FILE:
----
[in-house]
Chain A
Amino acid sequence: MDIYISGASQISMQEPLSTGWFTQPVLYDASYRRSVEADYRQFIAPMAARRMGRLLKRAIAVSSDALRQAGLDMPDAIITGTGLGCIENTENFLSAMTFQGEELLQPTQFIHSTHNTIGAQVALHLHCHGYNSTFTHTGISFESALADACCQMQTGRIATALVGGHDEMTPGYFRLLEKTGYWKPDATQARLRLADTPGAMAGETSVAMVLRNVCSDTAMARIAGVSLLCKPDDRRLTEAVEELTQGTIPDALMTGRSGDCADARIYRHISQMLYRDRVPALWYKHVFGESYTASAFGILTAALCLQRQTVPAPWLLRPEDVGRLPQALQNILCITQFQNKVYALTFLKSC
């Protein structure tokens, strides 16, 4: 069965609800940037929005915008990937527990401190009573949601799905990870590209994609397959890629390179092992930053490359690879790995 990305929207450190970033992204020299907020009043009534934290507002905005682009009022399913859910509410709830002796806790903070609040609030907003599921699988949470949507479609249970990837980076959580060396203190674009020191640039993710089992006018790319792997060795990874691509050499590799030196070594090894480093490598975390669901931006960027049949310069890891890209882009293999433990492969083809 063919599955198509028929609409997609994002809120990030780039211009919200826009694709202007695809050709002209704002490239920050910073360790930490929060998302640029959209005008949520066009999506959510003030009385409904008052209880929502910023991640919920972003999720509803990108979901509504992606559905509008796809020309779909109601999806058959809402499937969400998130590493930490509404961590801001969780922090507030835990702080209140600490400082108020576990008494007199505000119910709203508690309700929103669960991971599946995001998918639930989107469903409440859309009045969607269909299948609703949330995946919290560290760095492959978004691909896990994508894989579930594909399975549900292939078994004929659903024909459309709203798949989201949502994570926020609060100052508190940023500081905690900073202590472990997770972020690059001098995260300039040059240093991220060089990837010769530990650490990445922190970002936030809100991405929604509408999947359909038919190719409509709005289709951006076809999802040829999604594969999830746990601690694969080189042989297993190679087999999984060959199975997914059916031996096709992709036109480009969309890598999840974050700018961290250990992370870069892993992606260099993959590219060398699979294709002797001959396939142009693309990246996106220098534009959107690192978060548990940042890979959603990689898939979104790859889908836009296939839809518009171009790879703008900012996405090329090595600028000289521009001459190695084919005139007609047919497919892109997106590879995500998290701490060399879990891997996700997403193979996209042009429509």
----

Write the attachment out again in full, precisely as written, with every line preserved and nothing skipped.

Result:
[in-house]
Chain A
Amino acid sequence: MDIYISGASQISMQEPLSTGWFTQPVLYDASYRRSVEADYRQFIAPMAARRMGRLLKRAIAVSSDALRQAGLDMPDAIITGTGLGCIENTENFLSAMTFQGEELLQPTQFIHSTHNTIGAQVALHLHCHGYNSTFTHTGISFESALADACCQMQTGRIATALVGGHDEMTPGYFRLLEKTGYWKPDATQARLRLADTPGAMAGETSVAMVLRNVCSDTAMARIAGVSLLCKPDDRRLTEAVEELTQGTIPDALMTGRSGDCADARIYRHISQMLYRDRVPALWYKHVFGESYTASAFGILTAALCLQRQTVPAPWLLRPEDVGRLPQALQNILCITQFQNKVYALTFLKSC
């Protein structure tokens, strides 16, 4: 069965609800940037929005915008990937527990401190009573949601799905990870590209994609397959890629390179092992930053490359690879790995 990305929207450190970033992204020299907020009043009534934290507002905005682009009022399913859910509410709830002796806790903070609040609030907003599921699988949470949507479609249970990837980076959580060396203190674009020191640039993710089992006018790319792997060795990874691509050499590799030196070594090894480093490598975390669901931006960027049949310069890891890209882009293999433990492969083809 063919599955198509028929609409997609994002809120990030780039211009919200826009694709202007695809050709002209704002490239920050910073360790930490929060998302640029959209005008949520066009999506959510003030009385409904008052209880929502910023991640919920972003999720509803990108979901509504992606559905509008796809020309779909109601999806058959809402499937969400998130590493930490509404961590801001969780922090507030835990702080209140600490400082108020576990008494007199505000119910709203508690309700929103669960991971599946995001998918639930989107469903409440859309009045969607269909299948609703949330995946919290560290760095492959978004691909896990994508894989579930594909399975549900292939078994004929659903024909459309709203798949989201949502994570926020609060100052508190940023500081905690900073202590472990997770972020690059001098995260300039040059240093991220060089990837010769530990650490990445922190970002936030809100991405929604509408999947359909038919190719409509709005289709951006076809999802040829999604594969999830746990601690694969080189042989297993190679087999999984060959199975997914059916031996096709992709036109480009969309890598999840974050700018961290250990992370870069892993992606260099993959590219060398699979294709002797001959396939142009693309990246996106220098534009959107690192978060548990940042890979959603990689898939979104790859889908836009296939839809518009171009790879703008900012996405090329090595600028000289521009001459190695084919005139007609047919497919892109997106590879995500998290701490060399879990891997996700997403193979996209042009429509």